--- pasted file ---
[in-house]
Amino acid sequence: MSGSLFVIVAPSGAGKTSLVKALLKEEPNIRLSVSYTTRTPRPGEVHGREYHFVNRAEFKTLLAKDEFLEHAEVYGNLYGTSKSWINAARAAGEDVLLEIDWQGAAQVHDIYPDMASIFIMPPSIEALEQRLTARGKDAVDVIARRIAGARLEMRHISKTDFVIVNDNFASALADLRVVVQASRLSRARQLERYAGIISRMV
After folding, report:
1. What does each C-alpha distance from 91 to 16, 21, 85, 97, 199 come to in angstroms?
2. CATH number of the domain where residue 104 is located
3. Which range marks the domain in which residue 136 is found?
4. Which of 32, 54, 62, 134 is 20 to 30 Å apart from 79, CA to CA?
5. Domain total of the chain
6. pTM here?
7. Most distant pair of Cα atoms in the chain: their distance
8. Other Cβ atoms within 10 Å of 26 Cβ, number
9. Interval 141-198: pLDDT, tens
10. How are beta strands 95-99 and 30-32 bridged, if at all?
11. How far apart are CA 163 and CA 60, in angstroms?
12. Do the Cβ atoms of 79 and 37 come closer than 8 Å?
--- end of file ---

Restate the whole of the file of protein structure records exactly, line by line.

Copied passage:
[in-house]
Amino acid sequence: MSGSLFVIVAPSGAGKTSLVKALLKEEPNIRLSVSYTTRTPRPGEVHGREYHFVNRAEFKTLLAKDEFLEHAEVYGNLYGTSKSWINAARAAGEDVLLEIDWQGAAQVHDIYPDMASIFIMPPSIEALEQRLTARGKDAVDVIARRIAGARLEMRHISKTDFVIVNDNFASALADLRVVVQASRLSRARQLERYAGIISRMV
After folding, report:
1. What does each C-alpha distance from 91 to 16, 21, 85, 97, 199 come to in angstroms?
2. CATH number of the domain where residue 104 is located
3. Which range marks the domain in which residue 136 is found?
4. Which of 32, 54, 62, 134 is 20 to 30 Å apart from 79, CA to CA?
5. Domain total of the chain
6. pTM here?
7. Most distant pair of Cα atoms in the chain: their distance
8. Other Cβ atoms within 10 Å of 26 Cβ, number
9. Interval 141-198: pLDDT, tens
10. How are beta strands 95-99 and 30-32 bridged, if at all?
11. How far apart are CA 163 and CA 60, in angstroms?
12. Do the Cβ atoms of 79 and 37 come closer than 8 Å?